The Yoga of Letting Go – storms & rainbows

You’ll often hear a teacher in yoga class say, “Let go of that which you cannot control.” Or “detach from the outcome.” Or even, “Practice non-attachment.”

One of the Yamas in the 8-limb tradition, Aparigraha, non-attachment.

Let’s get real though. It’s really crazy hard to let go. How do you let go? What does that really mean?

I think we all can understand the concept; to release our hold on something.

The dictionary defines it as, “to allow someone or something to escape or go free, to relinquish ones grip on something or someone”

Applying this teaching is a totally different situation.

As I started examining my own tendencies to hold on to things, I first looked at what I do have control over because let’s be honest, the real root-issue here is feeling out of control of the person or situation.

So, what can we control?

1. Our breath

2. Our thoughts

3. Our emotions

4. Our actions

That’s it. 4 things that are within our control.

One of my healers who now speaks to me from the other side once said to me, “Kate, is this within your control?” At which point I do a mental checklist of those 4 things.

Then he would say, “If not, let it go. If yes, then what are you willing to do about it?”

Key word being “willing”. It is our willingness to change that determines whether the outcome will be different.

I realized that so much of the areas of my life that cause(d) me stress, anxiety, fear, were because I was trying, hoping, wishing to control something, someone, or an outcome in which I had/have no control over.

Instead, I had to learn to take control over that which I can, and to let go (of the thought) that I had any control to begin with in the first place.

In comes the practice of, Sraddha. Deep Faith and Trust.

I’ve learned that in order to let go, I must have faith and trust that everything is exactly as it is supposed to be in each moment.

I have to know that there is a greater purpose to unwelcome situations.

I have to trust that when people choose to leave my life, it’s for my highest good.

I have to have faith that when my one-year-old puppy has seizures that God has a plan. (Yes, I took him to the vet. Yes, we are getting some answers. No, it doesn’t make it any less scary. Yes, I am taking control of what I can, and trust that all is as it needs to be.)

Here’s the thing: you can’t say you have deep faith and trust and only believe that when it serves you, when you understand, when things go how you want them to. That’s not Sraddha; that’s a self-serving limiting belief that only pisses you off when things don’t go your way.

Sraddha is the kind of faith and trust that surpasses all understanding.

It is the foundation upon which grace is felt.

It is the underlying structure of safety that allows someone to move mountains and beat cancer.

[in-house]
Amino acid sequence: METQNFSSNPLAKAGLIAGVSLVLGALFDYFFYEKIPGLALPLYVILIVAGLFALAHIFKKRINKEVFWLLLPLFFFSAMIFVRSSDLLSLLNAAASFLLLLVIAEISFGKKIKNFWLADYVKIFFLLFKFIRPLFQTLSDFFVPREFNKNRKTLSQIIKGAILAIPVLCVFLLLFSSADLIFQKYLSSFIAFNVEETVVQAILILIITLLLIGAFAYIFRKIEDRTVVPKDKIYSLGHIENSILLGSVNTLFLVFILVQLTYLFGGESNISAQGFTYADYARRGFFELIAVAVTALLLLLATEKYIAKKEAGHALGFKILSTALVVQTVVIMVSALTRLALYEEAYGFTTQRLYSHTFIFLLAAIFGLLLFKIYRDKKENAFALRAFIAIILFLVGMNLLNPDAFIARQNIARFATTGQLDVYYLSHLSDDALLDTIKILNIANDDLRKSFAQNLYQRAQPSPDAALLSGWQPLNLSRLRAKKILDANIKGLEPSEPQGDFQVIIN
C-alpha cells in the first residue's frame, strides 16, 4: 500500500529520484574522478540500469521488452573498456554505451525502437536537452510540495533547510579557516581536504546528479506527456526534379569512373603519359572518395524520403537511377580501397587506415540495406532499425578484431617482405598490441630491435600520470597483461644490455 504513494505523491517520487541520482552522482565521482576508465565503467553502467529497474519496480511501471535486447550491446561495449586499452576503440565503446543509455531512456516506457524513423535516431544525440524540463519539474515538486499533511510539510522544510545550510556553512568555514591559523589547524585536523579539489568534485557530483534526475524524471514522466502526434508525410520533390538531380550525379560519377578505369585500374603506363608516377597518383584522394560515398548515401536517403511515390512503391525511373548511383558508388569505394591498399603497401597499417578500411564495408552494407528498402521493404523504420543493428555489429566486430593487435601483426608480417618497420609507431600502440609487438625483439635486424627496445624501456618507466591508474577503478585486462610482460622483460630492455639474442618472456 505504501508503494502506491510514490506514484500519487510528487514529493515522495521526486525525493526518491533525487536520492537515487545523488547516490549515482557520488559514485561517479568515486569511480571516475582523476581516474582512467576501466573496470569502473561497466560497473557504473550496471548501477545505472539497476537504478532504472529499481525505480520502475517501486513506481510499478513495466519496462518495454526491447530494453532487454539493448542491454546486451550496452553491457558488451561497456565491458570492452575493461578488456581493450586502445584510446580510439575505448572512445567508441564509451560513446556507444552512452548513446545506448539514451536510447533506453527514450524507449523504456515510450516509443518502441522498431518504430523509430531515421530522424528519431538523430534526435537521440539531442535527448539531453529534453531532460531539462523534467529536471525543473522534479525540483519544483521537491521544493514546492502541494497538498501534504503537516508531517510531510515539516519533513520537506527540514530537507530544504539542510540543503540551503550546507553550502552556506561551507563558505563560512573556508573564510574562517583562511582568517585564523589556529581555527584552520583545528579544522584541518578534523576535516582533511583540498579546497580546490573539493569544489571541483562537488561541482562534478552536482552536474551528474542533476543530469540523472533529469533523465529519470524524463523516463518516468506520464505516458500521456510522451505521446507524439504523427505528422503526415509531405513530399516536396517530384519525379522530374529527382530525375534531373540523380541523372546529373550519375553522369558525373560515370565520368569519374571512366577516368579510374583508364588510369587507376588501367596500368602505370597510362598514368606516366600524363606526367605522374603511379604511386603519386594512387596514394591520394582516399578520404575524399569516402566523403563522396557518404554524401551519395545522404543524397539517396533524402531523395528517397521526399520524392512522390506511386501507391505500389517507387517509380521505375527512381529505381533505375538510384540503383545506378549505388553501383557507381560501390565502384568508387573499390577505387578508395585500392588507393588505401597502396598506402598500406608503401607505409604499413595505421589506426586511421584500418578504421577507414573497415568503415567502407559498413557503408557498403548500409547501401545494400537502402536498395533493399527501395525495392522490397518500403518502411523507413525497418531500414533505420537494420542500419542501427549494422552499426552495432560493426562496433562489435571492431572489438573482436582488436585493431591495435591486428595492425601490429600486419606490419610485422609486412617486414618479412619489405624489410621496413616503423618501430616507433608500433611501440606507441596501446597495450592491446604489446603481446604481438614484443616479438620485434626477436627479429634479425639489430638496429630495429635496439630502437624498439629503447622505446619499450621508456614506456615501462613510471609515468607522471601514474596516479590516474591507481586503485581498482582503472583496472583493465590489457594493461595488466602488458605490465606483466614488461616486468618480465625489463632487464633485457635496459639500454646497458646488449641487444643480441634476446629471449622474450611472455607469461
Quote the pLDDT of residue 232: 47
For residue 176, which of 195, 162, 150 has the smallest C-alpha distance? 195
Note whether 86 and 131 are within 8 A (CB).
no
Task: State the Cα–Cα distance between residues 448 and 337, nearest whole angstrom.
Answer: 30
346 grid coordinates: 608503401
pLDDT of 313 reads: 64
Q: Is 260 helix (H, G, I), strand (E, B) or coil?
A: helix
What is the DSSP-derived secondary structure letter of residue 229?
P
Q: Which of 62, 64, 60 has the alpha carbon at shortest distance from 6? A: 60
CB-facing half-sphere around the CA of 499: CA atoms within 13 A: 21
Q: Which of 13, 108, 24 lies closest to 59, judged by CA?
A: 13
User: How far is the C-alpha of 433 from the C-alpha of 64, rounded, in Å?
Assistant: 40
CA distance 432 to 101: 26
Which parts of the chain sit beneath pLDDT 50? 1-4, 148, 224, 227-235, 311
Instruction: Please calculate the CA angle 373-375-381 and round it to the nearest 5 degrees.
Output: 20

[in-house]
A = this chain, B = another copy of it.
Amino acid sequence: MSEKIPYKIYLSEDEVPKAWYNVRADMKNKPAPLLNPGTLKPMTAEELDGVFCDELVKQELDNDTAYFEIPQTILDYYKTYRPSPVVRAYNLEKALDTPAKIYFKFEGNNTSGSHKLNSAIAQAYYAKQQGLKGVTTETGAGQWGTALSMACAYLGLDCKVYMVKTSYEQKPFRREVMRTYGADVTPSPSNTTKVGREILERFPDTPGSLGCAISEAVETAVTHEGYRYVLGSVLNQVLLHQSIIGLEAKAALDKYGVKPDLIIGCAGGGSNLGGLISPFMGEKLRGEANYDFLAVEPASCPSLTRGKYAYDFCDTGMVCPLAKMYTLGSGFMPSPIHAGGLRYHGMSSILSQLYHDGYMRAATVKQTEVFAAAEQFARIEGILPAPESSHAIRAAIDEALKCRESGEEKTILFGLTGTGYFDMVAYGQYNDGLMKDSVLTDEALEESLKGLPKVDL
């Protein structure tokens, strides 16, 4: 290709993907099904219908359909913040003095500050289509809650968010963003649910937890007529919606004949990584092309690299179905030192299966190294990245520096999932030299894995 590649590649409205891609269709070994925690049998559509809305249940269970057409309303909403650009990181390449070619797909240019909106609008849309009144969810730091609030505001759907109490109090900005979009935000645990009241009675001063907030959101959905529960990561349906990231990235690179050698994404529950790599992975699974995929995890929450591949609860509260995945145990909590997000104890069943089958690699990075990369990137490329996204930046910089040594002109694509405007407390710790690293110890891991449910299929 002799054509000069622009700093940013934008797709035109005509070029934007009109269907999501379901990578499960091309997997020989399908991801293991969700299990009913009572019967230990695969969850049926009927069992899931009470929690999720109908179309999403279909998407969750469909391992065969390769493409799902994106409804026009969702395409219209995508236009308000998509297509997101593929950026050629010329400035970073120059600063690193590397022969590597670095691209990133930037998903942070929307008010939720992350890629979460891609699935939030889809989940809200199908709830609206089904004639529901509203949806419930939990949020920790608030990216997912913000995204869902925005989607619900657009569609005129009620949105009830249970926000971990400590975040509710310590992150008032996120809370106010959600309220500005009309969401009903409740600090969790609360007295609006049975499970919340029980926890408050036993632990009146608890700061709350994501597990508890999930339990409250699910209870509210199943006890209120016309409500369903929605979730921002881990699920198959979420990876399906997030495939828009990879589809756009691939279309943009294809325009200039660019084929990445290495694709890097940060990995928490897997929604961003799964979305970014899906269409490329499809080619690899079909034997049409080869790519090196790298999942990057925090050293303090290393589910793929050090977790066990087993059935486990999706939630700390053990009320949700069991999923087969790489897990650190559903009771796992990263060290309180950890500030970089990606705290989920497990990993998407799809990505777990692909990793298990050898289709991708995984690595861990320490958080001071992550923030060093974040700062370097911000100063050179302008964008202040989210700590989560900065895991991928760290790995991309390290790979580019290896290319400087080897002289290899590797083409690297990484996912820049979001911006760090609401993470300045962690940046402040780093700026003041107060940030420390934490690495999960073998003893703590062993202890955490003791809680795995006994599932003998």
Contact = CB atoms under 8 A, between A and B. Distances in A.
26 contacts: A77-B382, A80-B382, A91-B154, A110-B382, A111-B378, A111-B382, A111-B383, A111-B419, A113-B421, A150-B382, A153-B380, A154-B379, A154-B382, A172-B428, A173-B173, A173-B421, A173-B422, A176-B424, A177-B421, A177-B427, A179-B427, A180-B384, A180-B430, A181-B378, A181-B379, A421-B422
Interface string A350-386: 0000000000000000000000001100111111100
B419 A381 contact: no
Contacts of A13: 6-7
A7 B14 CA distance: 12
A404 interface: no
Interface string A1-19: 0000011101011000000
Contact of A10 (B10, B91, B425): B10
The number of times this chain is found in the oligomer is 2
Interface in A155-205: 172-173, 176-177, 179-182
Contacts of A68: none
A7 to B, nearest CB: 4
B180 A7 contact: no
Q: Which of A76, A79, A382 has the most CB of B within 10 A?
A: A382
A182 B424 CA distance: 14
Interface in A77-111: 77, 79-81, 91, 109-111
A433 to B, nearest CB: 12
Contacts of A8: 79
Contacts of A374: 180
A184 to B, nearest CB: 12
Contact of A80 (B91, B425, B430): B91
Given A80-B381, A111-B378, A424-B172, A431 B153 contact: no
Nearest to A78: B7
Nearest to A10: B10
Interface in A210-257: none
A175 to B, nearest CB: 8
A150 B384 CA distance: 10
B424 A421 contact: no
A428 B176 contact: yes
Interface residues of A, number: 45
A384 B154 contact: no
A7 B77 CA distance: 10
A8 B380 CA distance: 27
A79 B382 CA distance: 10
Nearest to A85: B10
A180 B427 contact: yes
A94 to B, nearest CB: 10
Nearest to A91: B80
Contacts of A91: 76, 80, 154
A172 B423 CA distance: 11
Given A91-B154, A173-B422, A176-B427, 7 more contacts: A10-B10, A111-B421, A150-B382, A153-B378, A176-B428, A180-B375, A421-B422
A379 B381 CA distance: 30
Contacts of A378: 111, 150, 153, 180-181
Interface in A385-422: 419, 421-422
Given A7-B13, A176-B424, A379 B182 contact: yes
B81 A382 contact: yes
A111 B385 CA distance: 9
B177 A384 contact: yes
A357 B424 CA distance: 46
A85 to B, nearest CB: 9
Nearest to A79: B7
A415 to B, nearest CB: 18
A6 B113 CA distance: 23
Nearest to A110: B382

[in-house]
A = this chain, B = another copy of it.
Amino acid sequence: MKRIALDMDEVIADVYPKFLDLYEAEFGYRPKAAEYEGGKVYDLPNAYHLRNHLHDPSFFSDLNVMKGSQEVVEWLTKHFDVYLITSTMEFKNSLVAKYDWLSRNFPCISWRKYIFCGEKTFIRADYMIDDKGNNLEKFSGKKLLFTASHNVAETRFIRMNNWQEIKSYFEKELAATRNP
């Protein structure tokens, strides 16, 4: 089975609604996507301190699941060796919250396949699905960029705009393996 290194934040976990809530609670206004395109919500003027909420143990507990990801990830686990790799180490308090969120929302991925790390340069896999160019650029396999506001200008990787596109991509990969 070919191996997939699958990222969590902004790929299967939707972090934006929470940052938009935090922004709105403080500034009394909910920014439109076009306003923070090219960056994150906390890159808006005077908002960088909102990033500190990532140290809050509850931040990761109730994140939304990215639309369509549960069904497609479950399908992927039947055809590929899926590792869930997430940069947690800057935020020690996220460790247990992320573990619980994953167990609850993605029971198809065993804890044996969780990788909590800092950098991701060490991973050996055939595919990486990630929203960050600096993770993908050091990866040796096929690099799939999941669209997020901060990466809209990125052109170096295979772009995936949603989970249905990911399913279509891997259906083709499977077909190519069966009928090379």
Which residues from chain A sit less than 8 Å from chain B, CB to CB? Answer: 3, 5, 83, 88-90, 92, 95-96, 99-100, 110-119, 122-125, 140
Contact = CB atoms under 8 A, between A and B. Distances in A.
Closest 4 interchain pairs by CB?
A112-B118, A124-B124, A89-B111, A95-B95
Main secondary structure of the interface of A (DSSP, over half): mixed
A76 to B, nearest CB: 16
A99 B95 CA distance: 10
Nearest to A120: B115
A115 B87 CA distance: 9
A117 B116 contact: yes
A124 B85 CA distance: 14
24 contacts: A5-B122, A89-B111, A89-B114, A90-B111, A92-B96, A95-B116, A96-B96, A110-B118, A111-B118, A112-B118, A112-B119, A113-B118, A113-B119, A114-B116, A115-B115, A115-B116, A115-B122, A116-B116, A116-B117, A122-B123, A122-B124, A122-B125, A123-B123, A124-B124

It is the heart-pounding, gut-wrenching perseverance that keeps some on the path to healing when storms keep rolling in.

Letting go is an act of faith.

It is saying, I am willing to trust.

I am willing to trust so much so that I am surrendering my felt-sense of control over to something higher that lives within me.

Letting go is not easy. It is incredibly hard. It is painfully hard at times. It requires strength, patience, determination, and the willingness to choose something new.

Letting go is an act of grace and humility.

It is showing up for yourself and acknowledging that perhaps you don’t know, you can’t do it alone, maybe it’s not what you thought, perhaps that friendship/relationship is over, maybe it has been for a while.

Letting go is an understanding that you don’t know everything, that expectations create obstacles, and that life can be downright shitty at times- and that you’ll somehow be okay.

Letting go creates space for forgiveness, for compassion, for resurrection, for new life.

In a forward fold, when we let go of our mind, and surrender our heads into our hearts, we begin to tune inward and hear the still, small(BIG) voice patiently waiting to guide us. Our head may scream, how much longer do I have to hold this? Why isn’t she/he (the teacher) moving us out of this sooner? Why the hell am I still in this position? Our heart knows it’s all okay just as it is in that moment.

In life, if we go inward, surrender our minds to our hearts, and listen to that same voice, we will be guided to take the right action at the right time. Our head may scream, how much longer do I have to hold this? Why isn’t she/he (the teacher of life) moving us out of this sooner? Why the hell am I still in this position? Our heart knows it’s all okay just as it is in that moment.

The yoga of letting go is not to say, stop trying and let life happen to you.

The yoga of letting go is saying, I am willing to surrender that which I cannot control, AND I am willing to give space for grace, to have faith that through the Divine, radiant light that dwells within my heart, I will take the right action at the right time, and trust that all will be as it is for the highest good of all.

The greatest gift I have received from practicing the yoga of letting go is returning to the true source of peace that dwells inside my heart. It is a constant and never-ending source of joy that no one or no thing can take away.

By a continual practice of surrendering control, of taking control of what I can, of having deep faith and trust in knowing all will be okay, through self-compassion and love, my life is realigning to one of grace & ease, even in the really hard moments.

I invite you to consider a practice of surrender, of letting go, of Sraddha- a deep faith & trust that you are guided, connected, and deeply loved. That life is happening for you.

That even in the storm, there is always a rainbow if you are willing to see it.

Much love,

Kate ????

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